Students’ speed networking heads off future brain dead

Mar 31, 2016 | Regional Business

Talented physics students met business leaders from some of the region’s most innovative companies as part of a bid to keep their skills in the North East.

An event was held at NETPark, (the North East Technology Park), in Sedgefield, to help increase the profile of, and the relationship between, physics students and regional science and tech employers who are interested in recruiting physicists.

The event was organised by Business Durham, the economic development company for County Durham, the Institute of Physics, White Rose Industrial Physics Academy and the Universities of Durham and Northumbria and was held at the National Printable Electronics Centre, managed by CPI.

Dr Alex Brabbs, Regional Officer (North East and Yorkshire) for the Institute of Physics, said she wanted to raise general awareness of physics based careers because students often came through school with a low awareness of the opportunities studying physics provides.

“NETPark is a hive of physics and STEM based high-tech companies and we know some of those companies are looking for physicists. We want students to know that actually there are jobs available for them in the North East. We see them leave the region thinking there’s nothing for them here and that’s not the case.

“Physicists are employed throughout a huge range of sectors and often students don’t realise that it’s the soft skills they develop during their time at university which are of value to companies. They’re highly analytical, numerate and enjoy solving problems for example and many employers are just as interested in these skills as the modules they have taken.

The physics students, from the universities of Durham, Northumbria and York, heard TED-style talks from Dr Margaret Harris, reviews and careers editor from the Institute of Physics Publishing, and Dr Emma Banks, CEO of Datatrial and NELEP Skills Board on the broad range of careers available to physics students as well as the high-tech opportunities available in the North East.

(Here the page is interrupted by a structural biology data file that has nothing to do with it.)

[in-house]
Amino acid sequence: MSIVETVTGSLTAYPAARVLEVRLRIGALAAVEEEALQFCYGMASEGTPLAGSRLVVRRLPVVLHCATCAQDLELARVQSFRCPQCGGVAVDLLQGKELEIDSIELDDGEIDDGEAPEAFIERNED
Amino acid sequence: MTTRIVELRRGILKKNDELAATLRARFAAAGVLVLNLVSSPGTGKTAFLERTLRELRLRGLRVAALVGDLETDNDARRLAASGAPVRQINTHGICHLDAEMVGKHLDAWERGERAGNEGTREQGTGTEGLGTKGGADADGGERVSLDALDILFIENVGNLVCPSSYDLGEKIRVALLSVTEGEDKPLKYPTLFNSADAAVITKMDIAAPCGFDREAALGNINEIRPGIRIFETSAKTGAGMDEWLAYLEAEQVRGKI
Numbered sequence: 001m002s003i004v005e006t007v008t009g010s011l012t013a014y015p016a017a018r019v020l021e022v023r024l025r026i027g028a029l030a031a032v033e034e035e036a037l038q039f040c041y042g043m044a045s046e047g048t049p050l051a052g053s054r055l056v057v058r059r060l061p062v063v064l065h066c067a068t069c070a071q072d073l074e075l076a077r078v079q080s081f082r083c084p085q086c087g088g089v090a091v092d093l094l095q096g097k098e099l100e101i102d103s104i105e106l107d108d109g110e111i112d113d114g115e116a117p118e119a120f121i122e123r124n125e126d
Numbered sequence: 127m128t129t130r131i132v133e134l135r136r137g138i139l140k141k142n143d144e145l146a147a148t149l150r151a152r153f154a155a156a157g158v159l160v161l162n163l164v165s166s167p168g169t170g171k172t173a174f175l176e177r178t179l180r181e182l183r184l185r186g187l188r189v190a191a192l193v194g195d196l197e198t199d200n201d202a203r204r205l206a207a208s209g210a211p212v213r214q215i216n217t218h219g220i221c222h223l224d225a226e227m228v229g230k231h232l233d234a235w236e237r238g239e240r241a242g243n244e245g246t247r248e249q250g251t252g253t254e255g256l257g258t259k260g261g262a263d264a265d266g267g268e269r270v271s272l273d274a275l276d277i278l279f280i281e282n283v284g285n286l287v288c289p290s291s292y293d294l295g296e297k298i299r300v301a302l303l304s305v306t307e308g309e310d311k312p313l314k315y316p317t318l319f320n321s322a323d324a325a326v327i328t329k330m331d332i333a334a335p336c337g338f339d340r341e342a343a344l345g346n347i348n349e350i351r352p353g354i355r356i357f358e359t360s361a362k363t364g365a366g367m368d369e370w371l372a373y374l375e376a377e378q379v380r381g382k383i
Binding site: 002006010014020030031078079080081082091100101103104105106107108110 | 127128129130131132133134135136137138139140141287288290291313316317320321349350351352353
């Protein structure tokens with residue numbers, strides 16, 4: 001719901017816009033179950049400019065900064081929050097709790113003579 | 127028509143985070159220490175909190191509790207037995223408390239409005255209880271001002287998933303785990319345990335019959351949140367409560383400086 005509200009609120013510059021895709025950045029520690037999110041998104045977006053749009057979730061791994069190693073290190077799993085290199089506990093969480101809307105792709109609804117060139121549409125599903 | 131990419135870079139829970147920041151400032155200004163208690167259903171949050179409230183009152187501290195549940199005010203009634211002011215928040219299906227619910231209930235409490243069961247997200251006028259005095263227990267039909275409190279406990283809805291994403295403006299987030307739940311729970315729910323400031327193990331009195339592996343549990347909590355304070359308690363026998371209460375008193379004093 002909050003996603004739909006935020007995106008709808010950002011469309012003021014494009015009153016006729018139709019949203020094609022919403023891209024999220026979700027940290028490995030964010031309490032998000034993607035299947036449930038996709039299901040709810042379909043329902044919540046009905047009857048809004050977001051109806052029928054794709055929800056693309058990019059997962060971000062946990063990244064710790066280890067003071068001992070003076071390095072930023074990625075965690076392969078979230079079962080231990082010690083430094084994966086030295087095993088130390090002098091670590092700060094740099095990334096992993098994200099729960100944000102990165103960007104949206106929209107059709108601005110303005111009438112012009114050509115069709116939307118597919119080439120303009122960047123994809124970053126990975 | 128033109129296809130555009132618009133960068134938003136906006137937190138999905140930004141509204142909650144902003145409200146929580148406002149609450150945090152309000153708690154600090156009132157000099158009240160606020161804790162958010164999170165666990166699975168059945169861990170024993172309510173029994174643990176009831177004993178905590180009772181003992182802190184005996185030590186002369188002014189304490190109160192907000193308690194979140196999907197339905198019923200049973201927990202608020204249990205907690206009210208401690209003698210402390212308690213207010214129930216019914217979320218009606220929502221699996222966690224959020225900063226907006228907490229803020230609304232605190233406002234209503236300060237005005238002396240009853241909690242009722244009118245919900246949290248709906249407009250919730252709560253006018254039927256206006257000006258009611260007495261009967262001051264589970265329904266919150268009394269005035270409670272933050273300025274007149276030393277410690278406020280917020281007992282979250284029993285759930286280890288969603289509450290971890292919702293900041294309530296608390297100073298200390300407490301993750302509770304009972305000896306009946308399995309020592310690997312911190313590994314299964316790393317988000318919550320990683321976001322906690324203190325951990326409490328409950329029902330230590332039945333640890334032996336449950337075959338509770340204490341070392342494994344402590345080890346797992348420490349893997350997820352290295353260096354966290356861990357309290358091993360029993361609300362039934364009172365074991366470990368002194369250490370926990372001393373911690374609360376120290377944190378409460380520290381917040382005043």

It was followed by a CV skills training workshop led by Peter Fox, adviser in the Careers, Employability and Enterprise Centre, University of Durham and a Q&A with employers.

After lunch there was a speed networking session where physics students met representatives from innovative North East companies such as PolyPhotonix, Kromek, Ibex Innovations, Tracerco, Peratech Holdco, Waterstons, Hereus Quartz and Teach First.

Catherine Johns, Business Durham’s director of innovation and business growth, compered the event and said: “It’s vital that students at our universities in the North East understand the vast range of opportunities which are available to them – otherwise they’ll take their talents elsewhere. We have a thriving science and tech community in the North East and they can play a key part in its growth over the next few years.”

Dr Andrew Hirst, project manager of the White Rose Industrial Physics Academy, a partnership between the universities of York and Sheffield and focused towards enhancing the industry-relevant skills of physics graduates, said: “Developing stronger relationships between industries and university physics departments is critical to support the economic growth of businesses, not only through collaborative R&D, but also by encouraging talented physics students to pursue a technical career.”